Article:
“Alicia, come out and see the daffodil shoots. They’re so green. Remember how Cara loved to water the flower pots on my balcony when she was little? She gave them names and always wanted to have a tea party out there with the flowers. She poured a little tea into a spoon and then drizzled it around each flower. Oh my God, she was so adorable.”
“She loved her auntie Kelly. While I was busy working and planning her future, you were with her in the moment.”
“Oh, come on Sis, you were the responsible one. And thank God for that. You were the one who paid for my plane tickets home, from Mexico and India, when I was so broke.
You working made it possible for me to have time with Cara. One of my favorite memories of us was that time you rented that cabin on the lake for the kids and me. Mom and Dad wouldn’t even trust me to house sit for them because I drink and smoke weed, but you totally trusted me with Cara and Adam. I’ll cherish that memory for the rest of my life. And I will always be here for you.”
Doctor Clark has warned me that sleeping pills can be addictive. He wants to know if I’ve thought about seeing a therapist. It’s annoying that he didn’t suggest therapy when I was having panic attacks at work and taking anti-anxiety meds. But now that I’m grieving the loss of my daughter, he wants me to see someone. The only reason I see him at all is to refill my script.
I really hate it when friends suggest therapy or a support group and say “Alicia, you have to move on. Think about Paul and Adam. Cara would want you to be happy.”
All that does is make me want to knock myself out with sleeping pills. The only thing I look forward to is my sister’s company. She comes twice a week and makes me tea and I sit on the patio and watch her gardening. The day the daffodils bloomed, she danced around the flowers with tears streaming down her face.
Paul doesn’t understand what her gardening means to me. To us.
He’s worried that she will stop coming around, and then he’ll have to hire a landscaper to replace all the grass she’s dug up. He doesn’t see that the only time I sit on the patio is when my sister is gardening.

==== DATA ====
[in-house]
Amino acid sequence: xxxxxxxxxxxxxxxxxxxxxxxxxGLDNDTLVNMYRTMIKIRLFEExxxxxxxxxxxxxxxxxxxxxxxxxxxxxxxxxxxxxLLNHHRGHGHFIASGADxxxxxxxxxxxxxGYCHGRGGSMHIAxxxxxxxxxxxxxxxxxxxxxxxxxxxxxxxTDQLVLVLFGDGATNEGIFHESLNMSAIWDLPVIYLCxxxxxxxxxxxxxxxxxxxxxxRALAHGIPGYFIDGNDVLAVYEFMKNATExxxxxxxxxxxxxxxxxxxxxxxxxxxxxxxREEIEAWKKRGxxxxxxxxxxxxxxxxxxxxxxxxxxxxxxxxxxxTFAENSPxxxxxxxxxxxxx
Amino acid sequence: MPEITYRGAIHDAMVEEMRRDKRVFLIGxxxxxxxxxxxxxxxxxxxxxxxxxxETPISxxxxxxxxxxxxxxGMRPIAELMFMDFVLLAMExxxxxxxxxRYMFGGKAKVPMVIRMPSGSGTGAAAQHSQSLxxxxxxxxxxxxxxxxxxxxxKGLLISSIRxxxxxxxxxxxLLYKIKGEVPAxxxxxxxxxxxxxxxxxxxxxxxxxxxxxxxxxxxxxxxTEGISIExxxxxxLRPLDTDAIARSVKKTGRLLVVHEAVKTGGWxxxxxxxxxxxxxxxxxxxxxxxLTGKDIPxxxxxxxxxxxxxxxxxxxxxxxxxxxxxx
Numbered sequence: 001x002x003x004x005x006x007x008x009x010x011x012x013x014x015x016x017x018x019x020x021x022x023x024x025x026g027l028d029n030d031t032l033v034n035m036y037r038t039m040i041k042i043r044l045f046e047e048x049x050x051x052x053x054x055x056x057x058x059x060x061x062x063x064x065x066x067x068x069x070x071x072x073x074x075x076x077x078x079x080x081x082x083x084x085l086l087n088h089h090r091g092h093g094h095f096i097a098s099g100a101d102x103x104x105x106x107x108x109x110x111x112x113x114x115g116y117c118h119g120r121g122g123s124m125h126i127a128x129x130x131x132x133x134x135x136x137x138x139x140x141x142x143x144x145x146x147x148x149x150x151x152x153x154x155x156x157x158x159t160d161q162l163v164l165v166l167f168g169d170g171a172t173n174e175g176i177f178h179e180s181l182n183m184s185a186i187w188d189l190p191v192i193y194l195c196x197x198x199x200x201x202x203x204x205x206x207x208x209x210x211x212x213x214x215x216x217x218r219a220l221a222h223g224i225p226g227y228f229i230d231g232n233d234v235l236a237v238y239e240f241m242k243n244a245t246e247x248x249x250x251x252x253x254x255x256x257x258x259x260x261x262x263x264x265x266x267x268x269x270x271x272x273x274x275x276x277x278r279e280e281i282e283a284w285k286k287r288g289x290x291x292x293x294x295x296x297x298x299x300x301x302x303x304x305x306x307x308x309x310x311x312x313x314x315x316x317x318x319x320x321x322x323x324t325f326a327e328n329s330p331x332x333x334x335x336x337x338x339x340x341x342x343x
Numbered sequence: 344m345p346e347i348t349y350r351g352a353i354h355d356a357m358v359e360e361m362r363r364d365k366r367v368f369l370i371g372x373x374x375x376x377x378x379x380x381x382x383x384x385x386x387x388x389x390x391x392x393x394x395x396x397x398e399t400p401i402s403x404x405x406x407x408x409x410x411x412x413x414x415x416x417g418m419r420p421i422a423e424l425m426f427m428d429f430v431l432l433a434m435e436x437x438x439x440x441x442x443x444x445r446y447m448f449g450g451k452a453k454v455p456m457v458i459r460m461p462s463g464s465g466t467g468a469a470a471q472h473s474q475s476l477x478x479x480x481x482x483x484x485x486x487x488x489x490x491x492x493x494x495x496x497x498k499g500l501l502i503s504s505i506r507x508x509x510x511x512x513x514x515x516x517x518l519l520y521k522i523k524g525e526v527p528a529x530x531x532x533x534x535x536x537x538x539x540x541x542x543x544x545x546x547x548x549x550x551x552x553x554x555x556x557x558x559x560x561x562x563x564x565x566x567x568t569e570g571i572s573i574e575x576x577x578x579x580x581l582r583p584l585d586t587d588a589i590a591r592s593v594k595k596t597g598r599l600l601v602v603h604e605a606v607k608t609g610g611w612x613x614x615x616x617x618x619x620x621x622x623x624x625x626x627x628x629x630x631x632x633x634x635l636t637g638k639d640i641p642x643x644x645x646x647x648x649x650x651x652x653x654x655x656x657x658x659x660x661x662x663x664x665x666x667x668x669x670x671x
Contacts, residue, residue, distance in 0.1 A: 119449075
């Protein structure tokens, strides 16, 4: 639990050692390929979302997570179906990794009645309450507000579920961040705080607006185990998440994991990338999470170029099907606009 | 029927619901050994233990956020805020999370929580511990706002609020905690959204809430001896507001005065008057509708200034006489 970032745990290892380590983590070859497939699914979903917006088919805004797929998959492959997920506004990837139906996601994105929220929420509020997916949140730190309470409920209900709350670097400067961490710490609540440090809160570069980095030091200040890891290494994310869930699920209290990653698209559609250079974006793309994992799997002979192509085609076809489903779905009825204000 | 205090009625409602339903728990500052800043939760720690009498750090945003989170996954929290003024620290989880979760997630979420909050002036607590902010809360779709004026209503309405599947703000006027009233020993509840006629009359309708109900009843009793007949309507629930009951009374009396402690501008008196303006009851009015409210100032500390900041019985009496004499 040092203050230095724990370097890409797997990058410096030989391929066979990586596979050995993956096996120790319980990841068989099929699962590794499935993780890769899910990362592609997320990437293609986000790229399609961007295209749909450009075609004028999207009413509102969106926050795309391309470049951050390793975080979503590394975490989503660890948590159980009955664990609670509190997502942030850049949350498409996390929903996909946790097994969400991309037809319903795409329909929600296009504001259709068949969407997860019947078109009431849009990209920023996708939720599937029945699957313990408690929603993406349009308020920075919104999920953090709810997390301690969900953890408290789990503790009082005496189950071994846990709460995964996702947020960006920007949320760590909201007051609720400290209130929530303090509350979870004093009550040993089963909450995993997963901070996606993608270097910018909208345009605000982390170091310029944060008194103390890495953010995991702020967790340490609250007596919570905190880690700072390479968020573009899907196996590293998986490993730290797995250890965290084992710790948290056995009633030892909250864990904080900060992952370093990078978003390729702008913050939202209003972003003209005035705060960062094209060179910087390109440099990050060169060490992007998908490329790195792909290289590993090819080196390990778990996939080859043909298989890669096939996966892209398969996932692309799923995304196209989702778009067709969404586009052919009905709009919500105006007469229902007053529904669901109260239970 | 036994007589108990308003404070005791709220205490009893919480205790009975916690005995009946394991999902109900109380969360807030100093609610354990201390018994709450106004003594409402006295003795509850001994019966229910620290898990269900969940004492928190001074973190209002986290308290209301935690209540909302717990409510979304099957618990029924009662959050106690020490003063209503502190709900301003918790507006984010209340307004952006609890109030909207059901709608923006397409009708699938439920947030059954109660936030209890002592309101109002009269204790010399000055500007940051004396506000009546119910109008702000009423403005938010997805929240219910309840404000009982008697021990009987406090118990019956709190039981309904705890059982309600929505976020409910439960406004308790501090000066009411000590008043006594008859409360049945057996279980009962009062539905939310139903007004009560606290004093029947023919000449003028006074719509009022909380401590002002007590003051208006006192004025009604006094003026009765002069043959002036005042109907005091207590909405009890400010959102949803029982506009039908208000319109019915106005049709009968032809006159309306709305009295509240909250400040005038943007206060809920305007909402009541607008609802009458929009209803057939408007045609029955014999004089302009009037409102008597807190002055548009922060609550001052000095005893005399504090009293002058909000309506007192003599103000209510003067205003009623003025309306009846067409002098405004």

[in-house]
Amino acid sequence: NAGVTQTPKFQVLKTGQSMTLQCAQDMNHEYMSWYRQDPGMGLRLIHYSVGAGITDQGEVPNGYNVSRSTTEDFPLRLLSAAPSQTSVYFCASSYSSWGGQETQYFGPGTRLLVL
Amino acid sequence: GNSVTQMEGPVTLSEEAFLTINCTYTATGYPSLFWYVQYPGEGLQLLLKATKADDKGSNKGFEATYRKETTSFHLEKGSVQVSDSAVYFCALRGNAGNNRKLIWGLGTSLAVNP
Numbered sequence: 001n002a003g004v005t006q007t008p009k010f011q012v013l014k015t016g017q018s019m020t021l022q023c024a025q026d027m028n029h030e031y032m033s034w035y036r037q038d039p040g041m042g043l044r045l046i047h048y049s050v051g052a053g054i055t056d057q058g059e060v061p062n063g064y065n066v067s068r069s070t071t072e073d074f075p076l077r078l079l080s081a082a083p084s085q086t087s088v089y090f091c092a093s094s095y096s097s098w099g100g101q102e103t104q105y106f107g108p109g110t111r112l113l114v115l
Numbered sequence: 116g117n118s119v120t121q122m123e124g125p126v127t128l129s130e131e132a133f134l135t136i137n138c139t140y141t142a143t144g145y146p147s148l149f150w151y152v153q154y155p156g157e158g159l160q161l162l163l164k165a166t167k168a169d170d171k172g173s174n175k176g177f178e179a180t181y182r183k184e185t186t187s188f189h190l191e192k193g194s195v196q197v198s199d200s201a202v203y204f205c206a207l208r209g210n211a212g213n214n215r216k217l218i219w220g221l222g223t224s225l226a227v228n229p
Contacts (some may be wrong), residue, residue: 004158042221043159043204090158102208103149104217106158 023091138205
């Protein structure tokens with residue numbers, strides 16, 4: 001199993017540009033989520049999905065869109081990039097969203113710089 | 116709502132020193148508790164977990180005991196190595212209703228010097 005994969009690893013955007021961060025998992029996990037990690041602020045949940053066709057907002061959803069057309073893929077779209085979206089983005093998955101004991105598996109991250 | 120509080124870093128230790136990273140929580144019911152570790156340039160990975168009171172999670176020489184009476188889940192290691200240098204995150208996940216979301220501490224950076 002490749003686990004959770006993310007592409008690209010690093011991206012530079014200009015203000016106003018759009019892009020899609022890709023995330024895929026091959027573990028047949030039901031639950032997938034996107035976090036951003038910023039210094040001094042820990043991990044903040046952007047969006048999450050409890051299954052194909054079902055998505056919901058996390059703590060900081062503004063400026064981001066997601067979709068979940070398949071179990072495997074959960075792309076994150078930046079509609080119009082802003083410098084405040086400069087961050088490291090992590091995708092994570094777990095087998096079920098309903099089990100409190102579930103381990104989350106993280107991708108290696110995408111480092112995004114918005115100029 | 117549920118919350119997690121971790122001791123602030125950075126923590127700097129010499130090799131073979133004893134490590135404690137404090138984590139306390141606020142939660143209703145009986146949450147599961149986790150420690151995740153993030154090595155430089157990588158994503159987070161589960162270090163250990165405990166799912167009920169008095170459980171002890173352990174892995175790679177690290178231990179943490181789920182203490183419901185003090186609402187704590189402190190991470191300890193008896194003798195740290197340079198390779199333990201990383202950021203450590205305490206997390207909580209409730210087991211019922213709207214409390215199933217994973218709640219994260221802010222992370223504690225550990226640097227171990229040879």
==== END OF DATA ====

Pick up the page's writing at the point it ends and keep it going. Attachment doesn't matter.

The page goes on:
“I’m going to Jessica’s graduation—I know that’s what Cara wants me to do. I’ll bring Jessica a beautiful bouquet of flowers. She really misses Cara and I think this would mean a lot to her.”
“My God, you are so courageous, Kelly! How can you sit through that ceremony?”
“I don’t know. I just know I want to be there. I asked Jessica’s mom if she would keep an eye on me and call me a cab if I lose it. I don’t care if people see me crying, Alicia. I would hope they would be more concerned if I didn’t cry.”
“I don’t know how you can do it. I know you are hurting too, but you keep showing up for Adam and Paul and me and Jessica, too.”
“I choose to meet the pain with love. I would give anything to hold my sweet little niece one more time. I focus on the feeling of love I have for her. When I’m in the garden, I can feel her presence beside me. She’s there. I can feel her soul.”
“I don’t feel anything. I’m frozen inside. Do you think she’s still mad at me for fighting with her so much? Is that why I don’t feel her?”
“Maybe you can’t feel Cara because you are mad at yourself; beating yourself up for the times you fought with her. Blaming yourself. I think if you tried remembering all the good things, all the right choices you made, how deeply you cared about her, things would change. Alicia, you loved her with all your heart. Think about that and you’ll be able to feel her.”
“Oh Kelly, I wish I had your faith.”
Leslie has been emailing. She said it took her a while to get the courage up to write. She misses me at tennis. She wants me to come play. She wants to know how she can help. I wrote her back and told her that my only exercise is watching my sister garden, that I really appreciated the thought and would love to meet for tea, but not just yet. She wrote back that she would write in a month and invite me for tea and that she wishes there was something she could do.
I wish there was something she could do.